Take the 2-minute tour ×
Stack Overflow is a question and answer site for professional and enthusiast programmers. It's 100% free, no registration required.

In Scala 2.7, I could write:

package com.acme.bar

class Bar

.

package com.acme.foo

class Foo {
  new bar.Bar
}

This doesn't compile in Scala 2.8 -- however this does:

package com.acme 
package bar

class Bar

.

package com.acme
package foo

class Foo {
  new bar.Bar
}
  1. What was the motivation for this?
  2. What is the precise meaning, with regards to scope and visibility?
  3. When should I use one form over the other?
share|improve this question
1  
Good question, thanks for asking. –  hotzen May 13 '10 at 21:22
add comment

3 Answers 3

up vote 16 down vote accepted

There were several long discussions on the mailing lists about this. See this thread for the problem and this thread for the solution.

As to meaning, only the

package A
package B

form will open a scope for A, which makes members of A visible without prefix. You'd typically use this form if your project consists of several subpackages which refer to each other. On the other hand, you'd use the form

package A.B.C

If you want to integrate C into the package hierarchy and do not intend to access other members of A or B directly. A typical case is

package net.myorg.myproject

Here, you do not want to be vulnerable to the possibility than somebody else has defined a net.java package that would shadow the root level java. In Scala 2.7 you'd prevent that by using _root_ imports. But that's ugly, and to be safe you'd have to do this almost everywhere. So the present solution is much better, IMO.

share|improve this answer
1  
Martin just published a more detailed description, part of the 'What's new in Scala 2.8' series: scala-lang.org/docu/files/package-clauses/packageclauses.html# –  retronym Sep 7 '10 at 15:54
add comment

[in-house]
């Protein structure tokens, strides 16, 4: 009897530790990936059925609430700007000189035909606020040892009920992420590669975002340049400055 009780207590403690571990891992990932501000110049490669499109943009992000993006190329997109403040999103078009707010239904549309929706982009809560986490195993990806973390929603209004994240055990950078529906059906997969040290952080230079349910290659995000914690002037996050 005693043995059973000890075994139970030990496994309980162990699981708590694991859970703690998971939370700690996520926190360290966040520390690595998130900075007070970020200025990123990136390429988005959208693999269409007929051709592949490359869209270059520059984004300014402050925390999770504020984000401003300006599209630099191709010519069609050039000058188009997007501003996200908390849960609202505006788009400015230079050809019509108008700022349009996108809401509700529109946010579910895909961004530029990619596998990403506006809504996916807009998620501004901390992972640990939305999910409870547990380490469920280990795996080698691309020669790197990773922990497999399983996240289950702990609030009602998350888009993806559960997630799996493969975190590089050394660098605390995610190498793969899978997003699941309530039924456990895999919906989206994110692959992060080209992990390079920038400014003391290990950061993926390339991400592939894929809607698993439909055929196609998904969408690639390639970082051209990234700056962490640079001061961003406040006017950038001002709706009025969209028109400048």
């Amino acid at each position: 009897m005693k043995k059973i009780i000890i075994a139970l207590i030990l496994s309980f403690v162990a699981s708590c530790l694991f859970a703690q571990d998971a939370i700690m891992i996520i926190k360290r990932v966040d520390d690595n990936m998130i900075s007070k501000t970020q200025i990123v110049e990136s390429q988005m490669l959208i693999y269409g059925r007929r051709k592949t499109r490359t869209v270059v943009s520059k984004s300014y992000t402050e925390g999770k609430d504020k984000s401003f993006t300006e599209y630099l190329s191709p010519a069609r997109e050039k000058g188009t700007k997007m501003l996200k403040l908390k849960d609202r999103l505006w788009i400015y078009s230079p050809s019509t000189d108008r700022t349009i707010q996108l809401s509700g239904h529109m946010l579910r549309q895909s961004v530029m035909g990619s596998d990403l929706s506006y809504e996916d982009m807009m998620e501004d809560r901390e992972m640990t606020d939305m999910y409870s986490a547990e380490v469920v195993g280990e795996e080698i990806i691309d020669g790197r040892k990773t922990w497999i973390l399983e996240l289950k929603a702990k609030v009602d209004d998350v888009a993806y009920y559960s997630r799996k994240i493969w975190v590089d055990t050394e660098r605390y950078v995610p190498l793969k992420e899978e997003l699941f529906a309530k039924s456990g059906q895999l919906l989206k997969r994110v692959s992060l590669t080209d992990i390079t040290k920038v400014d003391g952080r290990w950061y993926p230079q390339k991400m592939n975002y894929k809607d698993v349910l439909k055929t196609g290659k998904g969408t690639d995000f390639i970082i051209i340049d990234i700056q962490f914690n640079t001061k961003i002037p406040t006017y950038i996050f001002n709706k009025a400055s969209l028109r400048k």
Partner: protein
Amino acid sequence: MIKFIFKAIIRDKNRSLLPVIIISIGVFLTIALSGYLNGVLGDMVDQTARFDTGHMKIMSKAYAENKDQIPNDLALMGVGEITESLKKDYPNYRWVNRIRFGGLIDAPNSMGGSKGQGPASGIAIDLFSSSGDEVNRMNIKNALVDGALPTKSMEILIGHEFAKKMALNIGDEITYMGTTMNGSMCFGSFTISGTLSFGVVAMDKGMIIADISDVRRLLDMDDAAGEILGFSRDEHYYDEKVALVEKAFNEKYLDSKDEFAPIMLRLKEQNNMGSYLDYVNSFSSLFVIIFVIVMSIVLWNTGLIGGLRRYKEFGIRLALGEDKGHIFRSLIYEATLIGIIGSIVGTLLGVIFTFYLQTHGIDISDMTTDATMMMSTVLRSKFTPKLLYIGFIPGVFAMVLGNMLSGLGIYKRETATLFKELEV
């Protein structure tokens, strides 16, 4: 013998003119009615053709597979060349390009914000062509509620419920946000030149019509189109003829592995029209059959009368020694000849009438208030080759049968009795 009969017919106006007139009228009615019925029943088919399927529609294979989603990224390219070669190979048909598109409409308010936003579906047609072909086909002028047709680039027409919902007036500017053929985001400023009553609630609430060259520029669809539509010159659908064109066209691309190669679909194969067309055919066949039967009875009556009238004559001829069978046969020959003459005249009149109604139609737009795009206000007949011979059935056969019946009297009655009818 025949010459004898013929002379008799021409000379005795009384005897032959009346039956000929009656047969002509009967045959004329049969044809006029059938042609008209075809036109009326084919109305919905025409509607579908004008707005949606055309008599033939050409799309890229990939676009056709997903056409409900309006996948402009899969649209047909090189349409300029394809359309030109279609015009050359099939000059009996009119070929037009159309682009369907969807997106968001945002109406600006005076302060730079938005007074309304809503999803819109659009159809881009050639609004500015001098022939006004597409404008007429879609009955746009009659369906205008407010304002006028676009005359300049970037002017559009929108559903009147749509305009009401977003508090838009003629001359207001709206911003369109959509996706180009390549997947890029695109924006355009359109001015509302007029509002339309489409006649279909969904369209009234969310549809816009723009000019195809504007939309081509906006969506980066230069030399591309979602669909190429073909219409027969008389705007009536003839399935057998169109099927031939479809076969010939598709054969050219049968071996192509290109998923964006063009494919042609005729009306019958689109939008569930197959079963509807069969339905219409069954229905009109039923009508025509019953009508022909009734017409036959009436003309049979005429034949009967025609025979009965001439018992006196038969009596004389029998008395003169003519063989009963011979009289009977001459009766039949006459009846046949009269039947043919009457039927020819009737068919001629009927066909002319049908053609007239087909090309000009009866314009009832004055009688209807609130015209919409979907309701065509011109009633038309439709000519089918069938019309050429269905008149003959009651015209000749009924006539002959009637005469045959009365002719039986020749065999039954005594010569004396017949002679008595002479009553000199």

Thanks for the answers so far! Let me add two small points, and we're done!

Visibility

The difference between nested and unnested packages only applies to scoping. Visibility is always based on nested packages.

package A

private[A] trait Secret

This works:

package A
package B

trait AB extends Secret

So does this:

package A.B

trait AB extends A.Secret

In both cases, the structure is interpreted as:

package A {
  trait Secret
  package B {
     //...
  }
}

Scoping

Compare this with scoping, in which you could imagine this interpretation for unnested packages:

package A {
  private [A] trait Secret
}

package `A.B` {
   trait AB extends A.Secret

}

Mix and Match

You can arbitrarily mix and match nested and unnested package:

package com.acme.project
package util.shazam
package blerg
share|improve this answer
add comment

Doesn't it give you more control over what is being imported? For example, if there were packages:

package com.acme.foo.client
package com.acme.client

And then from within Foo, wasn't there an annoying ambiguity about which client was being referred to? For example, if you want to do a wildcard import from within Foo:

class Foo {
  import client._ //what is being imported?
}

This might be much more problematic if, instead of client, we had a package com.acme.java:

class Foo {
    val jul = new java.util.LinkedList //compile error; cannot find util
}
share|improve this answer
add comment

Your Answer

 
discard

By posting your answer, you agree to the privacy policy and terms of service.

Not the answer you're looking for? Browse other questions tagged or ask your own question.